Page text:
Related collections

          Most cited references 26

          • Record: found
          • Abstract: found
          • Article: not found

          Magnetic compass of European robins.

          The magnetic compass of European robins does not use the polarity of the magnetic field for detecting the north direction. The birds derive their north direction from interpreting the inclination of the axial direction of the magnetic field lines in space, and they take the direction on the magnetic north-south axis for "north" where field lines and gravity vector form the smaller angle.
            Bookmark
            • Record: found
            • Abstract: found
            • Article: not found

            Migrating songbirds recalibrate their magnetic compass daily from twilight cues.

            Night migratory songbirds can use stars, sun, geomagnetic field, and polarized light for orientation when tested in captivity. We studied the interaction of magnetic, stellar, and twilight orientation cues in free-flying songbirds. We exposed Catharus thrushes to eastward-turned magnetic fields during the twilight period before takeoff and then followed them for up to 1100 kilometers. Instead of heading north, experimental birds flew westward. On subsequent nights, the same individuals migrated northward again. We suggest that birds orient with a magnetic compass calibrated daily from twilight cues. This could explain how birds cross the magnetic equator and deal with declination.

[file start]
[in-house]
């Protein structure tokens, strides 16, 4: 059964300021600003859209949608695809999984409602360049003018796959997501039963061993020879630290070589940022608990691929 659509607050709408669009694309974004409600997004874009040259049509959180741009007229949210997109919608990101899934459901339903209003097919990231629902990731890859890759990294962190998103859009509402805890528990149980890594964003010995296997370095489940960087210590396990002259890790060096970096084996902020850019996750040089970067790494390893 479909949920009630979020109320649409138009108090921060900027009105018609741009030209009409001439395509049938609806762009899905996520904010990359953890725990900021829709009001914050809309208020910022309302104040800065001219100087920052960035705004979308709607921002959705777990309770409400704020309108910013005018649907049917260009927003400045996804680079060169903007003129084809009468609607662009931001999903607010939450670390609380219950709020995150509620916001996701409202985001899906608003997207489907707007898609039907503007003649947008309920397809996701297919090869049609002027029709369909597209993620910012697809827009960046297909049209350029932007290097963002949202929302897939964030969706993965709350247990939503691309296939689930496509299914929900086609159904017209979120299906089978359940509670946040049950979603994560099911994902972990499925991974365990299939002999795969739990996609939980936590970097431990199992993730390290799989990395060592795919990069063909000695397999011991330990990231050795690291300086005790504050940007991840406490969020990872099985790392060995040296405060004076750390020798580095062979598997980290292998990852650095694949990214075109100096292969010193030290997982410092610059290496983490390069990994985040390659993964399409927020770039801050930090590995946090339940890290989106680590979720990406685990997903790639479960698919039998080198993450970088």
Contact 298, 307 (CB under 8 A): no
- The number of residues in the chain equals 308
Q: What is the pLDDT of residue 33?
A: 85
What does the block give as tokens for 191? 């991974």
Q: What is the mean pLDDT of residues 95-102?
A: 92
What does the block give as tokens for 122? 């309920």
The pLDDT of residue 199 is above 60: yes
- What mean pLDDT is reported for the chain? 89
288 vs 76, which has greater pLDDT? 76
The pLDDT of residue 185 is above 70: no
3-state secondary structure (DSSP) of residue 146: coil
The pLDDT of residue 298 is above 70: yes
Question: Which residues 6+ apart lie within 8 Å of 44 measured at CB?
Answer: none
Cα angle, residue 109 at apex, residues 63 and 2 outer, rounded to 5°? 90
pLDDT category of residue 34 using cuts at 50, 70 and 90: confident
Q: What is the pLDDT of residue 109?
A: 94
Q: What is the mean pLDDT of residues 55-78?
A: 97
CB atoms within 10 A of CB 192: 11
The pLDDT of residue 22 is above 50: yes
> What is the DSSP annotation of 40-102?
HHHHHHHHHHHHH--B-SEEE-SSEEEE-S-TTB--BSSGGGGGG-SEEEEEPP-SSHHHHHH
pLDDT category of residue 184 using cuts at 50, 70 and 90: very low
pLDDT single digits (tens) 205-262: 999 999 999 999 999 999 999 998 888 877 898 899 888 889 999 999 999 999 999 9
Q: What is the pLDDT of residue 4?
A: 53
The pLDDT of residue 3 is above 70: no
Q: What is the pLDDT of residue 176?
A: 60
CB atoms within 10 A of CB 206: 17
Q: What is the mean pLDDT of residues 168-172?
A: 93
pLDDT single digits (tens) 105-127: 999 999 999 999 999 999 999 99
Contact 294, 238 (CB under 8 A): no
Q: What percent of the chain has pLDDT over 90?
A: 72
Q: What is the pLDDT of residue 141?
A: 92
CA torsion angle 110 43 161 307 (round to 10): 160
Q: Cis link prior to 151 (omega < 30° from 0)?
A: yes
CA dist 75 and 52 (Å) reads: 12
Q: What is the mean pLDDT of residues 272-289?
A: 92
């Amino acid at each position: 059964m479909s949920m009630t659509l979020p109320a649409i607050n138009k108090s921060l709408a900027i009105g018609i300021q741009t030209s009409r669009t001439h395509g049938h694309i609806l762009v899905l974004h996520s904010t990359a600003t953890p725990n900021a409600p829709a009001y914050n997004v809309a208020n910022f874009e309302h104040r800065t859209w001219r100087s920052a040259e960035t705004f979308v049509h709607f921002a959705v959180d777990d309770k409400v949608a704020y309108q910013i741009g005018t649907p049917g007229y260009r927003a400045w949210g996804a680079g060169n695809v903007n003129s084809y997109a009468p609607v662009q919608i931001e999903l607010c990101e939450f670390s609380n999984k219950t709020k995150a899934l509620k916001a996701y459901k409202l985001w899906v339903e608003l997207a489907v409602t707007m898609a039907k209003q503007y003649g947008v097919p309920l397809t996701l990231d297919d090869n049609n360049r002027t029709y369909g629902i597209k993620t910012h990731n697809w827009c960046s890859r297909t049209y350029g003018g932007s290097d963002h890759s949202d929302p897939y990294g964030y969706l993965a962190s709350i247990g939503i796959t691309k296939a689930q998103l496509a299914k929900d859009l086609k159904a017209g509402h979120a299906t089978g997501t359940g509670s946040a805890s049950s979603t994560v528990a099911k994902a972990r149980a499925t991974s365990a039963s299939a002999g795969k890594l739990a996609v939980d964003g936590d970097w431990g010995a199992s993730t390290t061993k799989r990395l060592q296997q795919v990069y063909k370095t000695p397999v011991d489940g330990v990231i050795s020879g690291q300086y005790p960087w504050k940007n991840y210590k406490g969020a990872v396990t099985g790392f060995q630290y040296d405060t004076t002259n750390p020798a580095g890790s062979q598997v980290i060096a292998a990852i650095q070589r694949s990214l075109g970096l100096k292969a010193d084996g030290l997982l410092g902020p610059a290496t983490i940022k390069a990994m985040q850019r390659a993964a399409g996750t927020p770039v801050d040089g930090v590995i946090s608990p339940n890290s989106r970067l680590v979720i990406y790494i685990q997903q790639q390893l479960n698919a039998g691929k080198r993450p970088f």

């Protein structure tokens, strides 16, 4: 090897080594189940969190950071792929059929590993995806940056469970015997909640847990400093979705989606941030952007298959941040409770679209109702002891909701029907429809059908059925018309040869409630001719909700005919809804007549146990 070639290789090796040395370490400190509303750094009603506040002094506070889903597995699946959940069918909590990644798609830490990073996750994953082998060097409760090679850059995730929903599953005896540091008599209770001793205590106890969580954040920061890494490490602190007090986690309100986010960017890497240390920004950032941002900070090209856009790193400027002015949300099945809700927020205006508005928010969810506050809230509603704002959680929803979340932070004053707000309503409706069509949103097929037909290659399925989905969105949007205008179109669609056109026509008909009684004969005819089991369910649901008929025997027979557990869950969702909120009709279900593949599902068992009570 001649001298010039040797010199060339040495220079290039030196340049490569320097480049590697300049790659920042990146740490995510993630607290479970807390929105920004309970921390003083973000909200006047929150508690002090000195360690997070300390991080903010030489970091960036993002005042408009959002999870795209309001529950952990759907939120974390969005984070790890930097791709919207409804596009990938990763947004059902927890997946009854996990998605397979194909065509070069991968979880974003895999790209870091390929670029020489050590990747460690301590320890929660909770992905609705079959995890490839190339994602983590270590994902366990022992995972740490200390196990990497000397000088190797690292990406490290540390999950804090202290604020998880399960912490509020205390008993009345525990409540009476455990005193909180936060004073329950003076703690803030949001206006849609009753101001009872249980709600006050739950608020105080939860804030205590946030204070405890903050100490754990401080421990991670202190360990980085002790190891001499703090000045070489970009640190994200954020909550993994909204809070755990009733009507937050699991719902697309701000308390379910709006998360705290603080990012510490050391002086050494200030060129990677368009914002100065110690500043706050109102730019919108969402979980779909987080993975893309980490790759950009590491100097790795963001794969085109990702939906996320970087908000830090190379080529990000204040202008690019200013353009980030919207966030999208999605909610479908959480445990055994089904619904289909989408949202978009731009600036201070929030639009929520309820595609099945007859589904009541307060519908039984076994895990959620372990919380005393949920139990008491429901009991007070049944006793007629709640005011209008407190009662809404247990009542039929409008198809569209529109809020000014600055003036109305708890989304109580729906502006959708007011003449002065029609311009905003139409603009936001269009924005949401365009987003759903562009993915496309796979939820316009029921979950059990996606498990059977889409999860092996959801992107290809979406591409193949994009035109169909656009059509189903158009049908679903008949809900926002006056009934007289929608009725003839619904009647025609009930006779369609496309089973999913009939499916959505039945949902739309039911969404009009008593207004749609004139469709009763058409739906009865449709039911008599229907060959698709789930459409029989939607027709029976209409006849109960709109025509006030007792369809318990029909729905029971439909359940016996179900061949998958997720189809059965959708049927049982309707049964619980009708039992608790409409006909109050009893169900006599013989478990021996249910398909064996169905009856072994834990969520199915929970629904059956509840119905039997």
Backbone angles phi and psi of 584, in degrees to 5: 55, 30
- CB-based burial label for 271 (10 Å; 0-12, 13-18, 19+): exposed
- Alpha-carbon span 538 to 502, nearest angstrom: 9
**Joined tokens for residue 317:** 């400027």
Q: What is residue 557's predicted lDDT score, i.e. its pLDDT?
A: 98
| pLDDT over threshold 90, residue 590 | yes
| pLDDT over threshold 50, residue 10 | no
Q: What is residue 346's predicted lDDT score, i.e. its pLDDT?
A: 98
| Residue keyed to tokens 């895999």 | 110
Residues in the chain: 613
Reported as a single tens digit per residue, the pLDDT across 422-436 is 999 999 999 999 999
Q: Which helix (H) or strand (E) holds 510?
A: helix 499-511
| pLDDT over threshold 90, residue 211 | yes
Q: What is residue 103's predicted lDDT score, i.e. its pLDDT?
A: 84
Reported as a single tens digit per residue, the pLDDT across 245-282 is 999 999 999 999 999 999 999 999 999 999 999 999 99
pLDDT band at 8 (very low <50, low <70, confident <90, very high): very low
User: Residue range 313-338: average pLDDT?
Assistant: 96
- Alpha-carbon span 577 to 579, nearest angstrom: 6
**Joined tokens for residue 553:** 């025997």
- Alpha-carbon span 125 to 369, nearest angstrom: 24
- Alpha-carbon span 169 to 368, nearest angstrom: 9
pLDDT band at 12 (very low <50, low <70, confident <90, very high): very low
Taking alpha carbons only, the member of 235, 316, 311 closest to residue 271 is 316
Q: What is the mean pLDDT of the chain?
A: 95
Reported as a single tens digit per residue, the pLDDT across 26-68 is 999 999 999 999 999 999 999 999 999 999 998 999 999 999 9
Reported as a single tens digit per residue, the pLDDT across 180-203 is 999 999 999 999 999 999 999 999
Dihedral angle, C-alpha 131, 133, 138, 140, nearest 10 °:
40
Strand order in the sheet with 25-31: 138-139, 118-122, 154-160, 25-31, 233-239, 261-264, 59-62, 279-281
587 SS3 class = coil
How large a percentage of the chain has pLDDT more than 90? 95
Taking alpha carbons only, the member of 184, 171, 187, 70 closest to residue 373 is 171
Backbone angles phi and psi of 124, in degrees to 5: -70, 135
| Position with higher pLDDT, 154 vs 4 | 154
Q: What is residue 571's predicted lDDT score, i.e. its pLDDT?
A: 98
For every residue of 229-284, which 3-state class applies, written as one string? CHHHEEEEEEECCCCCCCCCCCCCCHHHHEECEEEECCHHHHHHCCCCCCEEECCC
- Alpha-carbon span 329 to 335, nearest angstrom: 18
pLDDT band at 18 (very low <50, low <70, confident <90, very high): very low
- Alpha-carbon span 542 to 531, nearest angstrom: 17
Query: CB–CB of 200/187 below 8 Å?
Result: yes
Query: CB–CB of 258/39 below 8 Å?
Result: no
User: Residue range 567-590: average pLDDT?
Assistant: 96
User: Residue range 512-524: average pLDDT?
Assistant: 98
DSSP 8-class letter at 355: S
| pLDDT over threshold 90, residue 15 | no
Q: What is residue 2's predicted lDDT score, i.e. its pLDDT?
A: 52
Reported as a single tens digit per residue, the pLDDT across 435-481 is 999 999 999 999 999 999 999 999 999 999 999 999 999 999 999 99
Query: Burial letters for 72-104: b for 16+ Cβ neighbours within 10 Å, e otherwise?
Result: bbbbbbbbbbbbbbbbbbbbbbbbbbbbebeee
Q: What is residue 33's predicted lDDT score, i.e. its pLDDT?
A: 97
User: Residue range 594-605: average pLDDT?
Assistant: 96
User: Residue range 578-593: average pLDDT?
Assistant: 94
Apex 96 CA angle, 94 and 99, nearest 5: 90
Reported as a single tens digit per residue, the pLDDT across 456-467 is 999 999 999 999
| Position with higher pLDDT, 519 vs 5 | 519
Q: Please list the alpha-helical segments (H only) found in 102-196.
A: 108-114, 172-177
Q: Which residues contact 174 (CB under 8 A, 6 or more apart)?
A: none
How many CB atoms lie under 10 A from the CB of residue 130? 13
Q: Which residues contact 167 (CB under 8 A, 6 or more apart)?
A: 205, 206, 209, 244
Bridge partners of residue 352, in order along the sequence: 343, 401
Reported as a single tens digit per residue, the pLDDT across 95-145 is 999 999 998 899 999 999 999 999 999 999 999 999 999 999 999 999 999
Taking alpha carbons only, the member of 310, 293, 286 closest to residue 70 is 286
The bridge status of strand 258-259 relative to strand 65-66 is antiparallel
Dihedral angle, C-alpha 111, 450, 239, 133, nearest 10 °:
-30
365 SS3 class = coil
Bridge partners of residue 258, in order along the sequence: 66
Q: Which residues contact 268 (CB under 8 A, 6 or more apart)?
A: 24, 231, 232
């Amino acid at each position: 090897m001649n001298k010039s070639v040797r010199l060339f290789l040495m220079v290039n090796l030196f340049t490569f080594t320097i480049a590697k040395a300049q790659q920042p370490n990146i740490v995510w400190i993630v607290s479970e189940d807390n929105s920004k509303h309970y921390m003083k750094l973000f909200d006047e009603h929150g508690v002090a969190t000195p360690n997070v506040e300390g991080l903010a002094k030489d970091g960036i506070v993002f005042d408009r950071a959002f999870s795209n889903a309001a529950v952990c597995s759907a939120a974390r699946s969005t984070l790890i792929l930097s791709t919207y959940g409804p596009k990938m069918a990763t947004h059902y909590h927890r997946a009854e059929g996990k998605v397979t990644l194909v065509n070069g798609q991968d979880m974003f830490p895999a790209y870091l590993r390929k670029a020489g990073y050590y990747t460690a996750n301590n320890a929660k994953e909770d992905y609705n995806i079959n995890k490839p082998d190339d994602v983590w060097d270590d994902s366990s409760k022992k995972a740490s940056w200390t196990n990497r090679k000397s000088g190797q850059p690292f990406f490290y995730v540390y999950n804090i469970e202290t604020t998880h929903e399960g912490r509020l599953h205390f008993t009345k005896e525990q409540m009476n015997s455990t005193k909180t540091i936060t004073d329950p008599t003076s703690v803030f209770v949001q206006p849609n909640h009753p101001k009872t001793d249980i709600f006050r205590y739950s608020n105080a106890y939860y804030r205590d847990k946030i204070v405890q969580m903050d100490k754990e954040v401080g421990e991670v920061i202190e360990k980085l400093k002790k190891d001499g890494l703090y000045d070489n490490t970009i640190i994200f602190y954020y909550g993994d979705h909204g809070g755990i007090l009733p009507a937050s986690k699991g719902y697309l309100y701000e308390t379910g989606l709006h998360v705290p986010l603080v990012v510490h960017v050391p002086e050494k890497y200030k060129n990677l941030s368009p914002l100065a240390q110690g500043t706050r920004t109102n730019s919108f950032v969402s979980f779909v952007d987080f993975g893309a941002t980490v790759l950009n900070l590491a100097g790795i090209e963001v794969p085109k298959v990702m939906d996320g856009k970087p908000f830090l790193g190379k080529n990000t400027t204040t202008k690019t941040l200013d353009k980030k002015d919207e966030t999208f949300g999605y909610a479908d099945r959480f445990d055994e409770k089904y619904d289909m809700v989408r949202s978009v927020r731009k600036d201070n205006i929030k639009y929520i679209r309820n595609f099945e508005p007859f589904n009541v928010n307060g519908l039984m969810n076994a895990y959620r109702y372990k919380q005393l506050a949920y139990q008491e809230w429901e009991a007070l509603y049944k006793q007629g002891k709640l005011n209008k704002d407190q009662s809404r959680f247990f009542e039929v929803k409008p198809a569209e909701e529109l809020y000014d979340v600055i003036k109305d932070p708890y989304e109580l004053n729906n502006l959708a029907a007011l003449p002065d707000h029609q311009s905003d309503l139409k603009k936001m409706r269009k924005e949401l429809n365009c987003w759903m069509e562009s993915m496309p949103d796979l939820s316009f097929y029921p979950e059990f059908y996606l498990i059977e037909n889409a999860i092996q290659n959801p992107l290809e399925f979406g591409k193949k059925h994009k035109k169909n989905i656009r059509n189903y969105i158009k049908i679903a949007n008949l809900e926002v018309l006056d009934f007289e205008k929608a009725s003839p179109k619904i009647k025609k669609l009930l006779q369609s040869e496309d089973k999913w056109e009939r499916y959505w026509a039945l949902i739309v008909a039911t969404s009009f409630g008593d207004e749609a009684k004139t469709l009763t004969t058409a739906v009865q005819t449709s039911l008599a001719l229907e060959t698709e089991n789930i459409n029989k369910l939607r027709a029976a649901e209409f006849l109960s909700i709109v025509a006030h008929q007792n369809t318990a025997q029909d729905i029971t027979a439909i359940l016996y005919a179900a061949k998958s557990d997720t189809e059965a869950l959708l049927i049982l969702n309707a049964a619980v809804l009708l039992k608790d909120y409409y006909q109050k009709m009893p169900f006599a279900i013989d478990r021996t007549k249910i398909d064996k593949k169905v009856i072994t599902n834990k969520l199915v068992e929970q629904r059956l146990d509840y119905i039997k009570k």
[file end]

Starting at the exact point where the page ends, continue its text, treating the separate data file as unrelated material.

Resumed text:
Bookmark
              • Record: found
              • Abstract: found
              • Article: not found

              Brain tumour risk in relation to mobile telephone use: results of the INTERPHONE international case-control study.

               Neil Pearce (2010)